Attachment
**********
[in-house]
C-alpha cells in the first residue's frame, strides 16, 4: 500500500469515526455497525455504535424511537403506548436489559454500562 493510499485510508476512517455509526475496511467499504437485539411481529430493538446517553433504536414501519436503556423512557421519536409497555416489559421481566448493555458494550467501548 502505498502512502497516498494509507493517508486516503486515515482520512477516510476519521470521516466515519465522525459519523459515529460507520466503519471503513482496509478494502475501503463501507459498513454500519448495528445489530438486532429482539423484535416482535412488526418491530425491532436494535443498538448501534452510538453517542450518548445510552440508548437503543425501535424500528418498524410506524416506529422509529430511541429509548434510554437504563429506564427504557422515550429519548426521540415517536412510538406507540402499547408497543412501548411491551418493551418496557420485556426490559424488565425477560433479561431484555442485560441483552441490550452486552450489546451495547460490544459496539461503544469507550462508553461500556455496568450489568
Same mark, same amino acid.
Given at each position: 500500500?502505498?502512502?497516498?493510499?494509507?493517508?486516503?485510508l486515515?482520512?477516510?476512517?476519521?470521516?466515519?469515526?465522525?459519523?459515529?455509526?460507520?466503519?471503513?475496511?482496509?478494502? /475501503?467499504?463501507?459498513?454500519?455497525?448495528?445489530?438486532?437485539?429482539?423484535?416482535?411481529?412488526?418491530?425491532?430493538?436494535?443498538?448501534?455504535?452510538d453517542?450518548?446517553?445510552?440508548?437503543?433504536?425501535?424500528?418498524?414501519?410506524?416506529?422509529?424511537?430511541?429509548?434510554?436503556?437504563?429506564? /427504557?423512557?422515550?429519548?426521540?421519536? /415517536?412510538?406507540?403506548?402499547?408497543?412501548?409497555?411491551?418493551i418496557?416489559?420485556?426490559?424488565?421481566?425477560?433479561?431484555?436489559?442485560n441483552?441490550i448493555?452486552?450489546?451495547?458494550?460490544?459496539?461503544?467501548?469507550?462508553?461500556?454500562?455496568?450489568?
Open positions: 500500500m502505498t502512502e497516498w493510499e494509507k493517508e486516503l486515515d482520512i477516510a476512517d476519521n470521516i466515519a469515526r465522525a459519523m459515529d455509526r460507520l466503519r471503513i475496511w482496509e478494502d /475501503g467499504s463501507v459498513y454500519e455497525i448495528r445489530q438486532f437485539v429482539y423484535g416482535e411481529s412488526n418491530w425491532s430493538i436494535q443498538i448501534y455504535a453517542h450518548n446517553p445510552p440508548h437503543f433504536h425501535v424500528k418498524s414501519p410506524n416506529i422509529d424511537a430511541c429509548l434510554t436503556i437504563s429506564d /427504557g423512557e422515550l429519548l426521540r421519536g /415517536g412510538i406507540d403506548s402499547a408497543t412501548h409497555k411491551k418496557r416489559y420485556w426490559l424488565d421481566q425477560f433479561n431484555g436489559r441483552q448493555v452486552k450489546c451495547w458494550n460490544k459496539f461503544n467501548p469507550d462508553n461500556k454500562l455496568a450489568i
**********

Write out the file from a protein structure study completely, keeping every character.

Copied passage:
[in-house]
C-alpha cells in the first residue's frame, strides 16, 4: 500500500469515526455497525455504535424511537403506548436489559454500562 493510499485510508476512517455509526475496511467499504437485539411481529430493538446517553433504536414501519436503556423512557421519536409497555416489559421481566448493555458494550467501548 502505498502512502497516498494509507493517508486516503486515515482520512477516510476519521470521516466515519465522525459519523459515529460507520466503519471503513482496509478494502475501503463501507459498513454500519448495528445489530438486532429482539423484535416482535412488526418491530425491532436494535443498538448501534452510538453517542450518548445510552440508548437503543425501535424500528418498524410506524416506529422509529430511541429509548434510554437504563429506564427504557422515550429519548426521540415517536412510538406507540402499547408497543412501548411491551418493551418496557420485556426490559424488565425477560433479561431484555442485560441483552441490550452486552450489546451495547460490544459496539461503544469507550462508553461500556455496568450489568
Same mark, same amino acid.
Given at each position: 500500500?502505498?502512502?497516498?493510499?494509507?493517508?486516503?485510508l486515515?482520512?477516510?476512517?476519521?470521516?466515519?469515526?465522525?459519523?459515529?455509526?460507520?466503519?471503513?475496511?482496509?478494502? /475501503?467499504?463501507?459498513?454500519?455497525?448495528?445489530?438486532?437485539?429482539?423484535?416482535?411481529?412488526?418491530?425491532?430493538?436494535?443498538?448501534?455504535?452510538d453517542?450518548?446517553?445510552?440508548?437503543?433504536?425501535?424500528?418498524?414501519?410506524?416506529?422509529?424511537?430511541?429509548?434510554?436503556?437504563?429506564? /427504557?423512557?422515550?429519548?426521540?421519536? /415517536?412510538?406507540?403506548?402499547?408497543?412501548?409497555?411491551?418493551i418496557?416489559?420485556?426490559?424488565?421481566?425477560?433479561?431484555?436489559?442485560n441483552?441490550i448493555?452486552?450489546?451495547?458494550?460490544?459496539?461503544?467501548?469507550?462508553?461500556?454500562?455496568?450489568?
Open positions: 500500500m502505498t502512502e497516498w493510499e494509507k493517508e486516503l486515515d482520512i477516510a476512517d476519521n470521516i466515519a469515526r465522525a459519523m459515529d455509526r460507520l466503519r471503513i475496511w482496509e478494502d /475501503g467499504s463501507v459498513y454500519e455497525i448495528r445489530q438486532f437485539v429482539y423484535g416482535e411481529s412488526n418491530w425491532s430493538i436494535q443498538i448501534y455504535a453517542h450518548n446517553p445510552p440508548h437503543f433504536h425501535v424500528k418498524s414501519p410506524n416506529i422509529d424511537a430511541c429509548l434510554t436503556i437504563s429506564d /427504557g423512557e422515550l429519548l426521540r421519536g /415517536g412510538i406507540d403506548s402499547a408497543t412501548h409497555k411491551k418496557r416489559y420485556w426490559l424488565d421481566q425477560f433479561n431484555g436489559r441483552q448493555v452486552k450489546c451495547w458494550n460490544k459496539f461503544n467501548p469507550d462508553n461500556k454500562l455496568a450489568i